By Joseph G. Phillips, Sports Editor
Chicago Crusader Newspaper
Known as the “Black Babe Ruth” and one of the greatest home run hitters in baseball history, the name of catcher Josh Gibson, formerly of the Homestead Grays of the Negro Leagues and several other teams, is now being considered to replace former Major League Baseball commissioner Kenesaw Mountain Landis on the League’s MVP trophy.
“You quoted Mr. Gibson as the black Babe Ruth,” said Gibson’s grandson Sean L. Gibson, executive director of the Josh Gibson Foundation. “But Mr. Gibson referred to Babe Ruth as the white Josh Gibson. The Baseball Writers Association of America are scheduled to meet in December during the baseball Winter Meetings in Dallas, Texas and hopefully a decision would be made at that time.”
According to the Baseball Writers’ Association of America, the group will look to remove Landis’ name from its MVP trophies due to his controversial racial past as Major League Baseball’s first commissioner.
The group said a number of past MLB MVP winners and others in the game are showing great support for this initiative, including former MVP and Cincinnati Reds star Barry Larkin, who told the Associated Press that he is aware of Landis’ name and “what that meant to slowing the color line in Major League Baseball.”
Those who have been suggested to replace Landis include Hall of Famers Branch Rickey, Frank Robinson, and the legendary Josh Gibson — the best power hitter in the game, hitting almost 800 home runs in his career.
Gibson, who stood 6-foot-1 and 210 pounds as a player, is considered by baseball historians as one of the very best power hitters and catchers in the history of any league, including Major League Baseball (MLB).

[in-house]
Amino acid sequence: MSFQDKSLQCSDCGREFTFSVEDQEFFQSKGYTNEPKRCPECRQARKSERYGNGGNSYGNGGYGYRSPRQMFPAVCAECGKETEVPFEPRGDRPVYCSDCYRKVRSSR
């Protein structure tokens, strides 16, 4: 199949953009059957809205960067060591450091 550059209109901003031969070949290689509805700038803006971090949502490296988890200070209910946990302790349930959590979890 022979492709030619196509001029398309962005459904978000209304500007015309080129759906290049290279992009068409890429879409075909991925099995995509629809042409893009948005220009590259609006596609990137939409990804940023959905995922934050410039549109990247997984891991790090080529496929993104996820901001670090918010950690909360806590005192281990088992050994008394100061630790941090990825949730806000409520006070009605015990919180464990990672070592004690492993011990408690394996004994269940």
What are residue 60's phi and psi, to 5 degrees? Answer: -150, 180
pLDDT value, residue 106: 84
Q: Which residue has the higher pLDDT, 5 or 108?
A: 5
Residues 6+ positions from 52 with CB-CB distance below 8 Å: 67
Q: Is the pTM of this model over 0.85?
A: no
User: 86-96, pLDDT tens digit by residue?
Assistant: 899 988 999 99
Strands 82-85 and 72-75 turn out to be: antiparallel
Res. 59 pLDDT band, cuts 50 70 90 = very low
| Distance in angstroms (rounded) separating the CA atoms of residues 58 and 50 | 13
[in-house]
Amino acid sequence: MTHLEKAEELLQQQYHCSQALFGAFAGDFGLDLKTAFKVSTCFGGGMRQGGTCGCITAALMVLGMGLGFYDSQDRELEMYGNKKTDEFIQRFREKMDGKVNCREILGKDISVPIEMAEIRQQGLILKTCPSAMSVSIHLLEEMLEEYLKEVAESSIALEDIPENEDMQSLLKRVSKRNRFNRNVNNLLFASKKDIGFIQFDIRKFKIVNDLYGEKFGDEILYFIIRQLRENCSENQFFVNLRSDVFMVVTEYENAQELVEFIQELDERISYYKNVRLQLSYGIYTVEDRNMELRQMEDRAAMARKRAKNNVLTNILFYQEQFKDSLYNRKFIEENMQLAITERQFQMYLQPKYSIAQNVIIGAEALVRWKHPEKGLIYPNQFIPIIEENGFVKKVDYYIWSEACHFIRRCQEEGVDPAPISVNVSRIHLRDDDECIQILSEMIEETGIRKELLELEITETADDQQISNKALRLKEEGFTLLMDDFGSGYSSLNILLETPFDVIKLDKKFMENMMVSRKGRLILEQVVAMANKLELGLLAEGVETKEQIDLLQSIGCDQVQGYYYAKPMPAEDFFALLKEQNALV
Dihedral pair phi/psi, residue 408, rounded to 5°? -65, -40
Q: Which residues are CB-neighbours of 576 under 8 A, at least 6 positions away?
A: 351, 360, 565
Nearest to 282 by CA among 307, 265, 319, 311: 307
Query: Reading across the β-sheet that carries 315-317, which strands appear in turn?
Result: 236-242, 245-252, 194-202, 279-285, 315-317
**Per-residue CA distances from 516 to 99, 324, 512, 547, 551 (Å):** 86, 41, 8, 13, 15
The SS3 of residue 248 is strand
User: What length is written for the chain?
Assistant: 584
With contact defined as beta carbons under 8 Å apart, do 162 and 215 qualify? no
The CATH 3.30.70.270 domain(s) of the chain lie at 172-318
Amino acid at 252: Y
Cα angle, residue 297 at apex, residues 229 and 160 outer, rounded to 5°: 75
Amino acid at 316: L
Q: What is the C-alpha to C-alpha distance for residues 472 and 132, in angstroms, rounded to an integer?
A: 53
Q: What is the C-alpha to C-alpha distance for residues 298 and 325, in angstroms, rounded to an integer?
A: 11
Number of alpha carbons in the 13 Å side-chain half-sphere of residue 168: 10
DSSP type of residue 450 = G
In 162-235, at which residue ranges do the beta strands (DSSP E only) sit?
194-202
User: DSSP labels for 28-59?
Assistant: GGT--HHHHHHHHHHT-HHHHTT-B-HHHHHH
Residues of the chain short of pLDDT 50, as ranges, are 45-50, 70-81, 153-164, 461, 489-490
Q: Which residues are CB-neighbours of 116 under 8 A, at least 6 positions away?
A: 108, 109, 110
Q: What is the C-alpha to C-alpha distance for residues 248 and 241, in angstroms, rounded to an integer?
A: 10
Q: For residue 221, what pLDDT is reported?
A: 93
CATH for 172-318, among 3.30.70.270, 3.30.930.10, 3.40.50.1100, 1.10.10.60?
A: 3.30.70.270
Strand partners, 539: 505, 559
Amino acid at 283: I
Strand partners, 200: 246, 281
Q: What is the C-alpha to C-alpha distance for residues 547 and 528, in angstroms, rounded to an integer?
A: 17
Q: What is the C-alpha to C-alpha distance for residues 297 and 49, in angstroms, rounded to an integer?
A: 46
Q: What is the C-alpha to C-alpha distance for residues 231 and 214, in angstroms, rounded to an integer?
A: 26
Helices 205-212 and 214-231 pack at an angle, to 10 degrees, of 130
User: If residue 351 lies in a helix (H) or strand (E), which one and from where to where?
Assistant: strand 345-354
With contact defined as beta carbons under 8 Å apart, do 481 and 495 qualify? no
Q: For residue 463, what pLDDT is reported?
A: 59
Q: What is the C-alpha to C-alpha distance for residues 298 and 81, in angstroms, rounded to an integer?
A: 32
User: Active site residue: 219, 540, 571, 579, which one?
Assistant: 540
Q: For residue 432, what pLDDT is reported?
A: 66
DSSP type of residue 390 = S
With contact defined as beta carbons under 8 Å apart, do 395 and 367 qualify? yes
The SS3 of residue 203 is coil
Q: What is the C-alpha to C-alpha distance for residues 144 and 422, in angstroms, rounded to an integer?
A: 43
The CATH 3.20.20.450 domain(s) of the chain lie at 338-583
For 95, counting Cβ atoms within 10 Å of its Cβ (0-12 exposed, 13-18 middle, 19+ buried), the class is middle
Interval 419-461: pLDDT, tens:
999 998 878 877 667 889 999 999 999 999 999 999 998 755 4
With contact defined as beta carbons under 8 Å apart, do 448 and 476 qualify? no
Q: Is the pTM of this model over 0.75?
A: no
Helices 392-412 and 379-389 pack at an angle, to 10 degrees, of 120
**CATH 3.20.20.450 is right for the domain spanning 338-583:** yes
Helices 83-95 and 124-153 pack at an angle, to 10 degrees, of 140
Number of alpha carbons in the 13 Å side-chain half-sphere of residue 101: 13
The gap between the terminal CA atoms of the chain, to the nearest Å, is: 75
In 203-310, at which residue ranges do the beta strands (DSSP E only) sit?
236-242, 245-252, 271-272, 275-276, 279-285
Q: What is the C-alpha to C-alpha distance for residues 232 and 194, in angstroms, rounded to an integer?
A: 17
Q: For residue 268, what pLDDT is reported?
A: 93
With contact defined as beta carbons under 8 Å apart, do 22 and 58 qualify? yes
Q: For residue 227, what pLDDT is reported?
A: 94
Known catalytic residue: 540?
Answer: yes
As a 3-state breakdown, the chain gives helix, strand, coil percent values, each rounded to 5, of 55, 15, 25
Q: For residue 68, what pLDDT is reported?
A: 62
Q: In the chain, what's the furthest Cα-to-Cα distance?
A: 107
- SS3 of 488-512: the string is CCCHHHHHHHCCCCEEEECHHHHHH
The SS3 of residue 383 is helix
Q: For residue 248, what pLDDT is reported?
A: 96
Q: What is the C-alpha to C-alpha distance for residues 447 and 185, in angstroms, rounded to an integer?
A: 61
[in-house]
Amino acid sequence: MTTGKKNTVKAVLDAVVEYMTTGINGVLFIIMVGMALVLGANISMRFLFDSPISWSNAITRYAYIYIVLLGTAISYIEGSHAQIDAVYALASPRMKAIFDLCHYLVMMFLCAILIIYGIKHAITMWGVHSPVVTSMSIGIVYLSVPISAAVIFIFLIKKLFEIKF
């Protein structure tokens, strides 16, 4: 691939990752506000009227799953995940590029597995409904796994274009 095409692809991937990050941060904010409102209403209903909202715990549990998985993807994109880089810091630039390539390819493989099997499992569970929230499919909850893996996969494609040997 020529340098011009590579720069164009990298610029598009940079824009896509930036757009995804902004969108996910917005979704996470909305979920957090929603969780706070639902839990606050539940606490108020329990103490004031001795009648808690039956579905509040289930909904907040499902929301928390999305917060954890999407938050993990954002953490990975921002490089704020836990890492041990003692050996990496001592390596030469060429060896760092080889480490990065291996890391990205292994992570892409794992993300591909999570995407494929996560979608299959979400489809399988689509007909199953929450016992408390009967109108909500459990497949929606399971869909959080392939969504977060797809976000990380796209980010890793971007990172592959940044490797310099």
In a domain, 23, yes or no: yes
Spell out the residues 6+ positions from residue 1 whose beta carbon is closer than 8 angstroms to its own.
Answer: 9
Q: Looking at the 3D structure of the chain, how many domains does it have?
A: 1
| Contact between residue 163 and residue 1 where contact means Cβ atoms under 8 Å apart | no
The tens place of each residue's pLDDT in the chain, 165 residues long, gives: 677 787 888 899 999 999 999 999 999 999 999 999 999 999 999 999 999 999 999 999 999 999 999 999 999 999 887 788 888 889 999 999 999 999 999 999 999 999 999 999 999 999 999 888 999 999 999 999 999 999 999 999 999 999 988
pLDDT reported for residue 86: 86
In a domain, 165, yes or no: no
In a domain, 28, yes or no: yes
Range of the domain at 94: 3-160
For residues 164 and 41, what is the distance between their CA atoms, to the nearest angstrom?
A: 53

Gibson played his baseball career for the Homestead Grays from 1930 to 1931, moved to the Pittsburg Crawfords from 1932 to 1936, and returned to the Grays again from 1937 to 1939 and 1942 to 1946. In 1937, Gibson played for the Ciudad Trujillo in Trujillo’s Dominican League and from 1940 to 1941, played in the Mexican League for Rojos del Aguila de Veracruz.
Gibson served as the first manager of the Santurce Crabbers, one of the most historic franchises of the Puerto Rico Baseball League.
Over a 17-year career for the Homestead Grays and Pittsburgh Crawfords, Gibson established himself as one of the greatest power hitters in the history of baseball. Gibson never played in the major leagues because of the unwritten “gentleman’s agreement” that prevented non-white players from participating.
Gibson’s hitting and power were second to none and, coupled with his catching, he helped lead his teams to multiple first-place finishes. A 1972 Hall of Fame inductee, Gibson was the second Negro Leaguer after Satchel Paige to earn this honor.